Understanding Carbohydrates

nutritional label

The best way to regulate your intake is to count the carbohydrates.

Carbohydrates are counted in grams, which is a measure of weight. Even a few grams can make a difference.

If you have type 1 diabetes, you must match your carbohydrate intake to your insulin dose. To get the best blood sugar result, your carbohydrate count must be accurate.

When you have type 2 diabetes, your blood sugar will go up if you eat too much carbohydrate. And if you are treated with oral medications that release insulin from the pancreas, or insulin, you must match your carbohydrate intake to your medication dose. To get the best blood sugar result, you need to know how much carbohydrate is in your food and regulate your carbohydrate intake.

The best way to regulate your carbohydrate intake is to “count the carbohydrates” in your food. Carbohydrates are counted in grams, which is a measure of weight – and even a few grams more or less can make a difference in your blood sugar reading.

In this section, you will learn about:

Chemistry, Digestion and Sources of Carbohydrates

Chemistry of Carbohydrate

Carbohydrate is sugar – and includes both single sugar units called sugar (or glucose) and chains of sugar units chemically linked together called starch. Carbohydrate has to be broken down into single sugar units to be absorbed. Glucose is the most common sugar unit in our food and in our bodies.

Sucrose and starch are comprised of glucose

Digestion of Carbohydrates

Carbohydrate has to be broken down into single sugar units to be absorbed.

How starch enters the blood stream

Sources of Carbohydrate

Carbohydrates are found in:

  • Rice, grains, cereals, and pasta
  • Breads, tortillas, crackers, bagels and rolls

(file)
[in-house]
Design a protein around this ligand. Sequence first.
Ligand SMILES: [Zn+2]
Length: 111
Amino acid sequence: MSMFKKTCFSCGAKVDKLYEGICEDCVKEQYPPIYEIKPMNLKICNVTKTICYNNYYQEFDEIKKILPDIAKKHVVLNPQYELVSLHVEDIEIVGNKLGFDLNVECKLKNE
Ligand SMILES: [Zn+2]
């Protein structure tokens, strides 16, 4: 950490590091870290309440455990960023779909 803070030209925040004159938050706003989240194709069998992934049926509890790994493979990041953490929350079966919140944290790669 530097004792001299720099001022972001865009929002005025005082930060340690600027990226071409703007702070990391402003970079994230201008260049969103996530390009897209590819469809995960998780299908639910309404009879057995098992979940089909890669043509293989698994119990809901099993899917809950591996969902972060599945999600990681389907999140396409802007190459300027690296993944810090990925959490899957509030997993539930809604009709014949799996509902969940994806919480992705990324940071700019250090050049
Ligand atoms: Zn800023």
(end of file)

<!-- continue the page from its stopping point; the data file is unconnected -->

• Dried beans, split peas and lentils
  • Vegetables, like potatoes, corn, peas and winter squash
  • Fruit
  • Milk
  • Yogurt
  • Sugars, like table sugar and honey
  • Foods and drinks made with sugar, like regular soft drinks and desserts

Fiber

What about fiber? Fiber is a complex carbohydrate found in fruit, vegetables and whole grains. However, while you can eat fiber, you do not digest it. It will not cause your blood sugar levels to rise, so you do not need to take insulin to cover the fiber.

Additional Resource Materials

We have compiled resources for you to use to learn more about carbohydrates and their role in managing your care. Here is a list of topics in print-friendly PDF format ready for your download:

Self-assessment Quiz

Self assessment quizzes are available for topics covered in this website. To find out how much you have learned about  Understanding Carbohydrates, take our self assessment quiz when you have completed this section.  The quiz is multiple choice. Please choose the single best answer to each question. At the end of the quiz, your score will display. If your score is over 70% correct, you are doing very well. If your score is less than 70%, you can return to this section and review the information.

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